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sidekicknicholas

Cracked Block - Dealers are just ignoring me ... WTF

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sidekicknicholas

I'm trying to get my boat fixed after a cracked block and local dealers and Malibu corporate office (TN) just seems to be blowing me off.... I'm starting to get frusterated.  If anyone has advice or insight on how I can get something done, I would really appreciate it.

Timeline:

~May 23rd - Found some water in the oil, and a freeze plug pushed out of the engine

May 24th - I confirmed my fears and found out I had a cracked block

May 25th-29th - Contacted insurance and local dealers to try and source a new engine / repair my current one.  I started geographically as close as possible and have since been moving outward trying to find ANYONE willing to take my money.

.... since then ....

Two Malibu dealers have said they do not want to take on the project and I should call elsewhere.  Seriously?!

One dealer simply hasn't responded at all.

One dealer let me know they found a replacement engine, they would not tell me the price of the engine or labor though.  Even without knowing the price I asked if I should just drop the boat off and was told "No, it will just be in the way".  I followed up since then with four calls, and six emails .... no response.  

I've left four voicemails over the last four weeks at the TN customer service line with ZERO call backs; simply trying to figure out of I'm doing something wrong here.

 

.... I hope I'm not being unreasonable here but this is some seriously bulls*** IMO.  How can authorized Malibu dealers/service centers just turn away repair work?!  My first thought is they're resistive because I didn't buy it from them, but the dealer I purchased from has since shutdown so they're not an option.  In Wisconsin our summers are short, and I've already lost 30% by being completely ignored.  This our my family's third Malibu, but if I ever get this thing fixed, I'm thinking it might be time to jump ship, literally, to another brand.... this is insane to me.

 

Any help or insight would really be appreciated,

Thanks!

Nick

 

/rant.

 

Edited by sidekicknicholas

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85 Barefoot

Nick,

Stinks on your situation.  But, I don't think Malibu has any responsibility to "make" dealers commit the resources needed to do a block swap on a 13 year old boat in the busiest time of the year.  The good news is that in that era, mastercraft used indmar as well, and a mastercraft dealer could source the engine as well (and install).  In fact, you could take it to really any dealer, not just malibu.  But, I doubt you'll hear much different.  Lets assume, without problems, 25 man hours are required.  2 weeks before July 4 when dealers are trying to keep their customers happy is a tall order to commit to that IMO, but good luck.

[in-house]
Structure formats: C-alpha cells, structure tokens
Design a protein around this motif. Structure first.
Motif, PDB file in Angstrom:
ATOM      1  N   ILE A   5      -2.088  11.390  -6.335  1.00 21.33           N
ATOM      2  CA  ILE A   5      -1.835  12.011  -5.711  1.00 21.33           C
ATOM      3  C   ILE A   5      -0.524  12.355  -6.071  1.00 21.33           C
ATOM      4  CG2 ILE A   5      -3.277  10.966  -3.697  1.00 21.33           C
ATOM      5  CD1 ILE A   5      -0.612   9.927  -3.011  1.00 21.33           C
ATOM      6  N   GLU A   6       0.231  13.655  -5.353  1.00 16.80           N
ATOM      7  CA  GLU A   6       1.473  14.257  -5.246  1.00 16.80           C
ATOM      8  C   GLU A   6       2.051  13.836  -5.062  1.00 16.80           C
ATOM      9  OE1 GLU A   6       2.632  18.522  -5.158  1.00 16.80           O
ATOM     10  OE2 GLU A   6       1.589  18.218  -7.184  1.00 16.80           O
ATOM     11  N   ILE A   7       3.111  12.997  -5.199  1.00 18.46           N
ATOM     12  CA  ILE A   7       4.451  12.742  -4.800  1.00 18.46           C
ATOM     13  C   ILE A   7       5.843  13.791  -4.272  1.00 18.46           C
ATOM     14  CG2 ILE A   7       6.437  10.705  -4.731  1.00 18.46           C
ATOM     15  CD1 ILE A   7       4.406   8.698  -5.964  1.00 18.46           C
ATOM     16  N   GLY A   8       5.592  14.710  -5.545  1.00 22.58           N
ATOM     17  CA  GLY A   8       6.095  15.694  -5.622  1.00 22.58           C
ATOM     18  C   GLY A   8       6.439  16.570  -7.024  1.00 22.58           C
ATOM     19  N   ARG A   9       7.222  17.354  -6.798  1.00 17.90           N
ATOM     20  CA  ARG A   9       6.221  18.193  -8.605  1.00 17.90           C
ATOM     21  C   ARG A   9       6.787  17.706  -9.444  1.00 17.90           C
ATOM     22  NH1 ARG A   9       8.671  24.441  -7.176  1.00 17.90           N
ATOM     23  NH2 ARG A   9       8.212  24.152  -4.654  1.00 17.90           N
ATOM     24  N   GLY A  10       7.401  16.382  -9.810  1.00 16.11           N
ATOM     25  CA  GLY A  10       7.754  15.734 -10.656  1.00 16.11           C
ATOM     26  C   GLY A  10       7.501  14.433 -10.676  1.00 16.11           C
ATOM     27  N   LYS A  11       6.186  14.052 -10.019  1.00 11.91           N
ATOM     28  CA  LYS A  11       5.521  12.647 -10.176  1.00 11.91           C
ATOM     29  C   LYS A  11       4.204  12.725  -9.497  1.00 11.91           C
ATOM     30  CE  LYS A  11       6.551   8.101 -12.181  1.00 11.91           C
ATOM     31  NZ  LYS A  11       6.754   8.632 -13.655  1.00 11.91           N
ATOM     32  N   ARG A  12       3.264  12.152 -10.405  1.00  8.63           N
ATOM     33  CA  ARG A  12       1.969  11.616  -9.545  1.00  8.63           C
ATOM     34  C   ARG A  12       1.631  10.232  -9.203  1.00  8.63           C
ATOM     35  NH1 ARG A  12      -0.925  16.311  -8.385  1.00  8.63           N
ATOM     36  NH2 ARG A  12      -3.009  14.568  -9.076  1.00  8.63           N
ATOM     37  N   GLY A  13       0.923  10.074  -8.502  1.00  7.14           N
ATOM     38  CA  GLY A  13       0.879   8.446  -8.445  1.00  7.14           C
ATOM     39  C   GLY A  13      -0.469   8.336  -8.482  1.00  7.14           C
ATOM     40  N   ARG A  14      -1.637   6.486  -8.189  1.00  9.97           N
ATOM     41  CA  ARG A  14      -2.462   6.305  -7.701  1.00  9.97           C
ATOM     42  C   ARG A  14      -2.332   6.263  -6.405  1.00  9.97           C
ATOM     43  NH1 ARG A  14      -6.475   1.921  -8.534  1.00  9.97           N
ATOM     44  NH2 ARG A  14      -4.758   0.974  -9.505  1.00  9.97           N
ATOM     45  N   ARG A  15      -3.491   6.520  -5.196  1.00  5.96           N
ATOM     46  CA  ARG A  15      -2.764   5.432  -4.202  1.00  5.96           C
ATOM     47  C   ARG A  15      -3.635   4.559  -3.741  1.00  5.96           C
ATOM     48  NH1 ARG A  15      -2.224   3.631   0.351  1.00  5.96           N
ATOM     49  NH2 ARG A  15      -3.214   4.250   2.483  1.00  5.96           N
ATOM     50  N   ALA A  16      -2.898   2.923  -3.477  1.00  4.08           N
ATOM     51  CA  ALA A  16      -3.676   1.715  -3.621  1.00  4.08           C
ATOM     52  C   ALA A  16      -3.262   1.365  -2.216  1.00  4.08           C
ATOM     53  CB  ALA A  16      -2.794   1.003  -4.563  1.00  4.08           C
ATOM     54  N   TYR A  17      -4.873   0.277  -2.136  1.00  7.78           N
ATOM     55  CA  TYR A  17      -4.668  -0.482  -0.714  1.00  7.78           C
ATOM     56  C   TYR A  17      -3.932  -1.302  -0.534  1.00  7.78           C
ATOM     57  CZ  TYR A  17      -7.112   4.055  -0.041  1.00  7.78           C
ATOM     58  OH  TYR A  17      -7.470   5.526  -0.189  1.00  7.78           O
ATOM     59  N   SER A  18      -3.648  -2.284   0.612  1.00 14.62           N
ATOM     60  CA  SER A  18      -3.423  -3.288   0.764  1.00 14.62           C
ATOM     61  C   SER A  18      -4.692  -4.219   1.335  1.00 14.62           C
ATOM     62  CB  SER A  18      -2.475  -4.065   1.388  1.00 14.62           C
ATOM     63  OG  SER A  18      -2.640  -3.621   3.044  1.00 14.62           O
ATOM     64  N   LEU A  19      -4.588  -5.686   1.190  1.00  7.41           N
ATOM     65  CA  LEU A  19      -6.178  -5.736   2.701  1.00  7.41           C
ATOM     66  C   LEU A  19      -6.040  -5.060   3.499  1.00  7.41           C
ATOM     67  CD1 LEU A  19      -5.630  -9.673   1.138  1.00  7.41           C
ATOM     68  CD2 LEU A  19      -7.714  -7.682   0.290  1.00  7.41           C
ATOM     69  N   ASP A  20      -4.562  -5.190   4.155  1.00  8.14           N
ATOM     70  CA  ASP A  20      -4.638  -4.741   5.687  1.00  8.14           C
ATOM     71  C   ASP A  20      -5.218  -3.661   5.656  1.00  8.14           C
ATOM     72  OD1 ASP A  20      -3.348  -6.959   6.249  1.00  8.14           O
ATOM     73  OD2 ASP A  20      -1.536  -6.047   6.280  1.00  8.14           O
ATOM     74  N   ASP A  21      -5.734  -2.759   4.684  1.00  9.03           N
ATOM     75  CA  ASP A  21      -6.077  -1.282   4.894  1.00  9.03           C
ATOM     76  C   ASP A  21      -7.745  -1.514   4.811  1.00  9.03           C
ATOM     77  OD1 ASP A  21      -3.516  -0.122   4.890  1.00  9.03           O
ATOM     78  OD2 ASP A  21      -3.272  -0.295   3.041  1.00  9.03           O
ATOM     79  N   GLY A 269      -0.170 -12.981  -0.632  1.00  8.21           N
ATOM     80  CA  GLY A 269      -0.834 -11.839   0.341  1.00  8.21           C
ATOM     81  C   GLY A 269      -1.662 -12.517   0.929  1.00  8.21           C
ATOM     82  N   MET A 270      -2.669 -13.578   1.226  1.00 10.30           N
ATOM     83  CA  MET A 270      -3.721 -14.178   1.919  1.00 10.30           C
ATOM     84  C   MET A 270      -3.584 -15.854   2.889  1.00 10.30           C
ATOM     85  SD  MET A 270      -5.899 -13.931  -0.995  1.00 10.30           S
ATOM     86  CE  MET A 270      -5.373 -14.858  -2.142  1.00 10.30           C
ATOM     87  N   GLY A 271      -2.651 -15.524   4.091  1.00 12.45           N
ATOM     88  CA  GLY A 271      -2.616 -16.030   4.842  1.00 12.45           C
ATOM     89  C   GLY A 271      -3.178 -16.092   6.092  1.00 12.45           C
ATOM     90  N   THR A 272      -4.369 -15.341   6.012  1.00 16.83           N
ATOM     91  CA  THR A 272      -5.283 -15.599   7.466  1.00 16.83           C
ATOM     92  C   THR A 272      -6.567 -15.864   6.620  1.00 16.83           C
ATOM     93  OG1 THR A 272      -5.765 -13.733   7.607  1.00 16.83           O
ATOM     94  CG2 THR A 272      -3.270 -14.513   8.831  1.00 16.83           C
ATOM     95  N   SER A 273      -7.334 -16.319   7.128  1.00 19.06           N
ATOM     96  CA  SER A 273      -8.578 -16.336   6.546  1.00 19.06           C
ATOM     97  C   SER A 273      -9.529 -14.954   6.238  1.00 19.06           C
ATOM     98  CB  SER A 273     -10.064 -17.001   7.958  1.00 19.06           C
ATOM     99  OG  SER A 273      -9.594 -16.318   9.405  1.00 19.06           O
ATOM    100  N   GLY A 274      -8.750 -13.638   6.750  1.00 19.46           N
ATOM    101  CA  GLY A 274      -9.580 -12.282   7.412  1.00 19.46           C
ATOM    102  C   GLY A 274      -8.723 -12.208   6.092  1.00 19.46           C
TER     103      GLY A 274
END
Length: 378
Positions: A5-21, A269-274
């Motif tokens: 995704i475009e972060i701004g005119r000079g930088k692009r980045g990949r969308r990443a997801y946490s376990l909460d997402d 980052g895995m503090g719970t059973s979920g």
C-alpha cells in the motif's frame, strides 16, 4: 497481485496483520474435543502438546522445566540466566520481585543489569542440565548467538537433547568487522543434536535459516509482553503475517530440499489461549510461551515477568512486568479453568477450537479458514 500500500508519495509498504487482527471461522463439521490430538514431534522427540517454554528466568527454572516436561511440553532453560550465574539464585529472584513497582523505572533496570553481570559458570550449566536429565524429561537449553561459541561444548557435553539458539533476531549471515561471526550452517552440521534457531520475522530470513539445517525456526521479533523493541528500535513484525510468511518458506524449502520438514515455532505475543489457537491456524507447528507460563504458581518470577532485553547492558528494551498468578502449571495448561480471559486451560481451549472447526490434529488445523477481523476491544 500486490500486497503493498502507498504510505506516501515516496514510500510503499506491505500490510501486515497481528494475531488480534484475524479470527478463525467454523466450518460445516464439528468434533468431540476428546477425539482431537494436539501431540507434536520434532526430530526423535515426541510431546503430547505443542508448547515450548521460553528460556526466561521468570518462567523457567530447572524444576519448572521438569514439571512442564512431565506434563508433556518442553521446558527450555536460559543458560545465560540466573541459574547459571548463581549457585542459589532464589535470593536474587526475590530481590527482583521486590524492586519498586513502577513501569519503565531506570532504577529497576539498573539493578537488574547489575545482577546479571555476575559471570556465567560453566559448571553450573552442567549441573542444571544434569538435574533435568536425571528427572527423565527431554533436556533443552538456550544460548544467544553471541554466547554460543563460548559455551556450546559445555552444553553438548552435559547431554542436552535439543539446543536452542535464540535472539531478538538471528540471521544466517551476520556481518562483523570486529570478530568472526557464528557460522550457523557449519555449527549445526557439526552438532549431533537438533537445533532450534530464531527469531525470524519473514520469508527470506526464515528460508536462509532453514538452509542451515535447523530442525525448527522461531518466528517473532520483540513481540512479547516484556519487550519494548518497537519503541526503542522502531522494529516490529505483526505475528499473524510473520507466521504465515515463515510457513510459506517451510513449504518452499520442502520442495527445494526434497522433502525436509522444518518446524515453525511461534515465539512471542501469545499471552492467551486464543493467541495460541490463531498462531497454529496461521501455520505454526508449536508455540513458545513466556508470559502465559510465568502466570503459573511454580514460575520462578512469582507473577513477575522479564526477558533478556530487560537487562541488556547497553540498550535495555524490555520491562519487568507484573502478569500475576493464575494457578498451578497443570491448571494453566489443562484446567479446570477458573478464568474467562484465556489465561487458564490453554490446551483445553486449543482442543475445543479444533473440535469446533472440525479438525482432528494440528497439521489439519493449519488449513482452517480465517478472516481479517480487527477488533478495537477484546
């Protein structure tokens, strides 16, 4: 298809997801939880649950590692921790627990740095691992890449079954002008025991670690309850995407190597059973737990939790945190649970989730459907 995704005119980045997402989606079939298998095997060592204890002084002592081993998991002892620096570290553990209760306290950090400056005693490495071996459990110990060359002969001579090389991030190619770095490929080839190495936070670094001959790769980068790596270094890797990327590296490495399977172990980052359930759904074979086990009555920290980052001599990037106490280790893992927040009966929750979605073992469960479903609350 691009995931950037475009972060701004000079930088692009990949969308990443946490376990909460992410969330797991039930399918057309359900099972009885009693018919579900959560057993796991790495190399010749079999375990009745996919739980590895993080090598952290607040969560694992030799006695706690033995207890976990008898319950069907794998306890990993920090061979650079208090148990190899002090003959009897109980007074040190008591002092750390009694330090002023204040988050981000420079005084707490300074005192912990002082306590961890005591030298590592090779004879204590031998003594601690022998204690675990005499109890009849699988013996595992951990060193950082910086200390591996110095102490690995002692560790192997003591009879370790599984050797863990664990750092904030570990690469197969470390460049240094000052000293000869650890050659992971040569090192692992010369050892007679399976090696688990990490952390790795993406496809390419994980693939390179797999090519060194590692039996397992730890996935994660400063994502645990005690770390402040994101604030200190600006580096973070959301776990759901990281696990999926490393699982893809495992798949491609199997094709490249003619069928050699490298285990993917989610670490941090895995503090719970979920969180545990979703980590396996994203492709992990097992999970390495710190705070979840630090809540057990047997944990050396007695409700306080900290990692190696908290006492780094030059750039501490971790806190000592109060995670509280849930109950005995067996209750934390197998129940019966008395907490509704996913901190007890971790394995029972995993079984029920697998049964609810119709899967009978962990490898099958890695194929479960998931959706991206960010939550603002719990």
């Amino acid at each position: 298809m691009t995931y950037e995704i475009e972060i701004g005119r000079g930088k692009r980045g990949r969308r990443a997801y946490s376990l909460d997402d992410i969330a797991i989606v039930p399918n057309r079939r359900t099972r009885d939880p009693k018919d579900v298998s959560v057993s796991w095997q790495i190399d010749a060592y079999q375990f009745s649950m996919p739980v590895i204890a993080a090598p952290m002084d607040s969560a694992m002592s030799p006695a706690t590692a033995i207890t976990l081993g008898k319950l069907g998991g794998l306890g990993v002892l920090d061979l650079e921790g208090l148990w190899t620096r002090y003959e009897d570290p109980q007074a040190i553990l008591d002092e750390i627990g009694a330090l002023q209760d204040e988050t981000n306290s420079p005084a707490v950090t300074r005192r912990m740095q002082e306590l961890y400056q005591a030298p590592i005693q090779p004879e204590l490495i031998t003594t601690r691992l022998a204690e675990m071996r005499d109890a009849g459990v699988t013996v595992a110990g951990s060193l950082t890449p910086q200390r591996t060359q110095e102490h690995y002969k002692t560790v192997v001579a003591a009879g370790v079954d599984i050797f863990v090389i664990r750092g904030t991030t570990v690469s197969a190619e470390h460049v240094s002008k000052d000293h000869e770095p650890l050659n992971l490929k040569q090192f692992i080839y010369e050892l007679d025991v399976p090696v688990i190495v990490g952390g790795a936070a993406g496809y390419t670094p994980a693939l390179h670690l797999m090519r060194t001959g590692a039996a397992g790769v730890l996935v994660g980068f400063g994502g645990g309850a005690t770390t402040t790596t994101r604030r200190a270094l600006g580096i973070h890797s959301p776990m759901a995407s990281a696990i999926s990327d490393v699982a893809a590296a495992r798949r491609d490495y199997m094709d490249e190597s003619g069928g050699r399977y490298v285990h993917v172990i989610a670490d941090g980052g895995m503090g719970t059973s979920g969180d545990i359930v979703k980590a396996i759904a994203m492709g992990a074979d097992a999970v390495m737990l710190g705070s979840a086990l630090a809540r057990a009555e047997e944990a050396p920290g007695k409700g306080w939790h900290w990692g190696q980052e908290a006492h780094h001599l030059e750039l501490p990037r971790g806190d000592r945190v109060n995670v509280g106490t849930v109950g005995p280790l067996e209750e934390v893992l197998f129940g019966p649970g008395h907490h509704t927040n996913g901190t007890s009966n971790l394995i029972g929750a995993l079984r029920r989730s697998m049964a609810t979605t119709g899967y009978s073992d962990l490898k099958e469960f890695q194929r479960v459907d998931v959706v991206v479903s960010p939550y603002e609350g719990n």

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UWSkier

Have you tried Mr. Outboard in Green Bay?  We've had our Malibu serviced there a few times.  They're a MC shop.

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Eagle River Mike

Who winterized it?  Take it back to them.  I doubt insurance will cover a poor maintenance item.

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kstateskier1

First I want to state I'm not trying to throw salt in the wound as I feel your pain, but I'm a little confused why this is on Malibu at all?  Wasn't this poor winterization that caused this on a 14 year old boat?  Why would you call the Malibu factory, wouldn't the Indmar factory be a better idea and maybe they could hook you up with another shop?  If you don't have a dealer you bought a boat from, I hate to say it, but you're not getting your boat in this summer.  I've seen this situation before play out and they will continue to move customers in front of you.  May be worth finding a manageable upgrade on someone's lot and doing a trade where they can fix the boat to sell when they have time if you want any hope of being on the water this summer.  

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ORMailbuboater

Busy time of year for boat maintenance\repairs.  Are they refusing to do the work period?  Or only at this time as they have too much repair work in front of you?  

Ask about when they could get to the work.  My guess is the reason you were told it would be in the way was since they do not have any place to store your boat.   Many dealers are not taking on additional work with all the work they have to do.

Sorry to say you may be without a boat for a long period this year.  

Call me lucky so to speak.  I needed repairs last year after a incident in early September.  Dealer (AWS in Oregon) was so busy they could not even look at it till Thanksgiving.  They were honest about the situation.  My season was over.  Once it was determined what the problem was (needed new tranny, v drive, wedge) the next work window was late December\Jan.  Finding a dealer not busy to swap the engine at this time I am afraid is not going to be unusual.  

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COOP

A big job like this during the busiest time of year will be tough. Im already several weeks out on basic maintenance stuff, throw in new boat preps and additional drop offs that have issues after the first time out and a big engine job is just in the way. I do them over the summer months, but its tough to meet a timeline that will satisfy people. 

 

Not sure why you would call Malibu. They dont do engine work.

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HPetit

Any dealer/mechanic not too busy to take this job on is NOT the mechanic to do the job. Its the same problem with the housing contractor market. Any reputable business is flooded with work. The guy that can fit you in this week isnt worth his snot to do the job.